The government was openly opposed to any amendments, as were many Brexiteers who saw any wish to change the bill to be an attempt to slow the process down or subvert "the will of the people" or something. The main argument against these amendments is that they weaken our negotiating hand. Now that the amendment on EU citizens' rights has passed in the Lords however, the government should really consider dropping its opposition to the change for a number of reasons. Firstly, nobody wants these people to be used as bargaining chips, and they would be rubbish ones if they were. It seems very obvious that both sides want to guarantee these people's rights and those of British nationals within the EU as soon as possible, but were prepared to leave it to the negotiations. A situation where this doesn't eventually happen is almost unthinkable. If the government's position on this seemed bad before, it will look far, far worse if they actively try to get the amendment removed. This is an opportunity to finally claim some high ground and set an example when walking into the negotiations, and it would grant enormous relief to those concerned about their futures. Furthermore, attempting to defeat the change in the Commons is much more likely to delay A50 than just going with it. Finally, Brexiteers would have the chance to enjoy the sweet irony of watching those who would seek to stop Brexit altogether all of a sudden be voting alongside them to make the whole thing happen more quickly and amicably. I just don't see what the government has to gain by continuing to fight this battle, especially If Labour are brave enough to put up a fight. On the other hand, they appealed the High Court case on the parliamentary vote when there was realistically nothing to gain, so we will see.
The second possible amendment seeks to give parliament a "meaningful" vote on the final deal, essentially removing the "no deal" route, although I'm not sure exactly how this would work if such a vote went against whatever deal we come up with. The government is very clear that it considers no deal to be better than a bad deal, so it's fierce opposition to this change is understandable. Certainly, removal of the threat of walking away with "no deal" will influence the EU's willingness to give us a good one, although as I have previously mentioned I'm positive that everyone knows this is a bluff anyway, so I'm pretty agnostic on this point. Sure, we can threaten to walk away with no deal, but if everybody knows that we absolutely wouldn't I'm not sure what this changes. Alas, the WTO route still lingers on the horizon, and I'm still of the opinion that it is a very bad, no-good strategy, although I'd be very interested to hear why it might not be. As it turns out, the Independent is reporting a survey which found that there is absolutely no majority support for the "no deal" option by the public, even amongst Tory voters. Eyes and ears open over the next few days to see how this progresses.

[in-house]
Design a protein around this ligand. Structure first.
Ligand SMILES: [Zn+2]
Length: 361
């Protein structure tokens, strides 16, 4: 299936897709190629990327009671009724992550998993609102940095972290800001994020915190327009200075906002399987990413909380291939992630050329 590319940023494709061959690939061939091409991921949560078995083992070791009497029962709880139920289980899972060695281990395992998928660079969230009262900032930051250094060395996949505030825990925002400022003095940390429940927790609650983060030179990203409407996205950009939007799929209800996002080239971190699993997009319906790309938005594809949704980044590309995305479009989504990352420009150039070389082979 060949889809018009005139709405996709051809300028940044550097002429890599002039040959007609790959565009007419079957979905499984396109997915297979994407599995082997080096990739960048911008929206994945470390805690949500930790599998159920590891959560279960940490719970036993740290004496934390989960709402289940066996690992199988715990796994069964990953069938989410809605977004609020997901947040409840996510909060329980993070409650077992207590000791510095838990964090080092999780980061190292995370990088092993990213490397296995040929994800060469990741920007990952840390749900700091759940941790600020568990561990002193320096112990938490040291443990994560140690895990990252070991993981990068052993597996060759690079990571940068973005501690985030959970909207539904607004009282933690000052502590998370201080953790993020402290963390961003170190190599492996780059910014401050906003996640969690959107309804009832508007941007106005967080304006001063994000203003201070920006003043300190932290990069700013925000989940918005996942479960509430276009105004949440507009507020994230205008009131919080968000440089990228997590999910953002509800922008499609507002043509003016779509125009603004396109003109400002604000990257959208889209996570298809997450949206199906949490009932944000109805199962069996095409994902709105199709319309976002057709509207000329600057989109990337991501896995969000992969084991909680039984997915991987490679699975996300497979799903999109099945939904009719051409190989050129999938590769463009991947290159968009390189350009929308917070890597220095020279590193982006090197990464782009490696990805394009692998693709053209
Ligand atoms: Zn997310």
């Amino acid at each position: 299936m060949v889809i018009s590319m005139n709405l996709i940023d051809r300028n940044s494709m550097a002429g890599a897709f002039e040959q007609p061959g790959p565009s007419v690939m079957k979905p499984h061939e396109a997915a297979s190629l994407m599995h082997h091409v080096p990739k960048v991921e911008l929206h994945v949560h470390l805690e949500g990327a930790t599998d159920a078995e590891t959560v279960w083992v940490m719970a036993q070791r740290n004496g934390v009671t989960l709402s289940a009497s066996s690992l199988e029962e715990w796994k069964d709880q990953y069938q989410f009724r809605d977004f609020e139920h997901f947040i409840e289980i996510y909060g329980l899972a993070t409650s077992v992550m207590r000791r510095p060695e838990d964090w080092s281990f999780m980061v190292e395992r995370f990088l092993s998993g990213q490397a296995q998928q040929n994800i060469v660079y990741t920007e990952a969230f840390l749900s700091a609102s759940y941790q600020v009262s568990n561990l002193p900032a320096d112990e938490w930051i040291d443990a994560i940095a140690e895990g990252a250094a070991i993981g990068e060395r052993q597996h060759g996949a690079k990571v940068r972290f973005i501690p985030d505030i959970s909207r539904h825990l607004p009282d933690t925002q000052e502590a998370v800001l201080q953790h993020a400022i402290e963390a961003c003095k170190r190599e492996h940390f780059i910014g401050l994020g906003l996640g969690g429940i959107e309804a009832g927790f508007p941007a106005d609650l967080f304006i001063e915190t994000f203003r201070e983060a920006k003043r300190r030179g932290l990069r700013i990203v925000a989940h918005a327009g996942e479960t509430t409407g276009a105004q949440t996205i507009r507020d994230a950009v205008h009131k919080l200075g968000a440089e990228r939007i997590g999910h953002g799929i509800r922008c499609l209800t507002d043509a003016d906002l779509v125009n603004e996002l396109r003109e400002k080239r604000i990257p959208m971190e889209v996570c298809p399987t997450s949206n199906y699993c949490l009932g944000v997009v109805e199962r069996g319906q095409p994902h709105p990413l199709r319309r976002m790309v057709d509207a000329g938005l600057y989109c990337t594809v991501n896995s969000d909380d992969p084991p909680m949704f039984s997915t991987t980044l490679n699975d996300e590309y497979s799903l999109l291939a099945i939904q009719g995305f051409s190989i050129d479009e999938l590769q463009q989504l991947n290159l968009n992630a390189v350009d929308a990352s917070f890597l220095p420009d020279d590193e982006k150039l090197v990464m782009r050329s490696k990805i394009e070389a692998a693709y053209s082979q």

There was some other stuff going on last week, mainly around this £50bn+ Brexit bill we could be served upon exit and whether we would be legally be bound to pay it. I don't have a great deal to say about this because it is old news. We certainly knew a divorce bill would be likely before the referendum. As to the legal implications of such a bill, the consensus is that no consensus is offered by international law and that neither side can be sure of the legalities, so i'll leave it to the lawyers to figure out.
Finally, ourselves and Pearson Legal have teamed up for a weekly Last Week In Brexit Podcast. Episode 2 landed this morning and is available on iTunes. If you like it, please tweet, subscribe and shout about it from the rooftops.